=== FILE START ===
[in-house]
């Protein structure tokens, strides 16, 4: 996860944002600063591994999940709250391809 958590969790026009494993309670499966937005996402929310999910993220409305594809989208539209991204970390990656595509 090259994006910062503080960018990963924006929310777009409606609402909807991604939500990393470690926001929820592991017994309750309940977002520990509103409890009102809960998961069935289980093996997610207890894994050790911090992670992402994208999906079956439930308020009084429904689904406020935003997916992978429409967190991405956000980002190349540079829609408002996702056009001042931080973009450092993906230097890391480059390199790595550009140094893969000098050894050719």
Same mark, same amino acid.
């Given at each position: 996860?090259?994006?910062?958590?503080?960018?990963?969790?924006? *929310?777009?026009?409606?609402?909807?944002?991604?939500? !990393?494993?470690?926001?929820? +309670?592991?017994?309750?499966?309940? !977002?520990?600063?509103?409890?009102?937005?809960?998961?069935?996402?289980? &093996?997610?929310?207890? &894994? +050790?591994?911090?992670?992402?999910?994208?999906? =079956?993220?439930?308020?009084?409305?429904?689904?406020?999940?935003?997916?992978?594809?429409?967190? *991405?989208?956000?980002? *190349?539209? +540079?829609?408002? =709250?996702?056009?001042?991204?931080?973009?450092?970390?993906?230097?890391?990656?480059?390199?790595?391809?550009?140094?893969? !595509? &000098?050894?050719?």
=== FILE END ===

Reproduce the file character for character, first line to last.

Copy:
[in-house]
């Protein structure tokens, strides 16, 4: 996860944002600063591994999940709250391809 958590969790026009494993309670499966937005996402929310999910993220409305594809989208539209991204970390990656595509 090259994006910062503080960018990963924006929310777009409606609402909807991604939500990393470690926001929820592991017994309750309940977002520990509103409890009102809960998961069935289980093996997610207890894994050790911090992670992402994208999906079956439930308020009084429904689904406020935003997916992978429409967190991405956000980002190349540079829609408002996702056009001042931080973009450092993906230097890391480059390199790595550009140094893969000098050894050719």
Same mark, same amino acid.
């Given at each position: 996860?090259?994006?910062?958590?503080?960018?990963?969790?924006? *929310?777009?026009?409606?609402?909807?944002?991604?939500? !990393?494993?470690?926001?929820? +309670?592991?017994?309750?499966?309940? !977002?520990?600063?509103?409890?009102?937005?809960?998961?069935?996402?289980? &093996?997610?929310?207890? &894994? +050790?591994?911090?992670?992402?999910?994208?999906? =079956?993220?439930?308020?009084?409305?429904?689904?406020?999940?935003?997916?992978?594809?429409?967190? *991405?989208?956000?980002? *190349?539209? +540079?829609?408002? =709250?996702?056009?001042?991204?931080?973009?450092?970390?993906?230097?890391?990656?480059?390199?790595?391809?550009?140094?893969? !595509? &000098?050894?050719?």